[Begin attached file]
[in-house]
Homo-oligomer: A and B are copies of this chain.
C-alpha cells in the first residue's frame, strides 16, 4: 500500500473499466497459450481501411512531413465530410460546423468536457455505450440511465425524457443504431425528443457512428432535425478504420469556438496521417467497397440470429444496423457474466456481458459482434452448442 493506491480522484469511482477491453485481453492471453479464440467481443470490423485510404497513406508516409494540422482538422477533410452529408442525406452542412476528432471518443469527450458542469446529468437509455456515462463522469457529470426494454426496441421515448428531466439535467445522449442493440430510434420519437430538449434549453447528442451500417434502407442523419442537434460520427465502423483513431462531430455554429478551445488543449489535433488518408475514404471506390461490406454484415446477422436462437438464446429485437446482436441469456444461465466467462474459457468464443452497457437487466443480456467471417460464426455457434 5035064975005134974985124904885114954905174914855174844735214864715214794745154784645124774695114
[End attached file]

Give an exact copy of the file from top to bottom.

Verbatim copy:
[in-house]
Homo-oligomer: A and B are copies of this chain.
C-alpha cells in the first residue's frame, strides 16, 4: 500500500473499466497459450481501411512531413465530410460546423468536457455505450440511465425524457443504431425528443457512428432535425478504420469556438496521417467497397440470429444496423457474466456481458459482434452448442 493506491480522484469511482477491453485481453492471453479464440467481443470490423485510404497513406508516409494540422482538422477533410452529408442525406452542412476528432471518443469527450458542469446529468437509455456515462463522469457529470426494454426496441421515448428531466439535467445522449442493440430510434420519437430538449434549453447528442451500417434502407442523419442537434460520427465502423483513431462531430455554429478551445488543449489535433488518408475514404471506390461490406454484415446477422436462437438464446429485437446482436441469456444461465466467462474459457468464443452497457437487466443480456467471417460464426455457434 5035064975005134974985124904885114954905174914855174844735214864715214794745154784645124774695114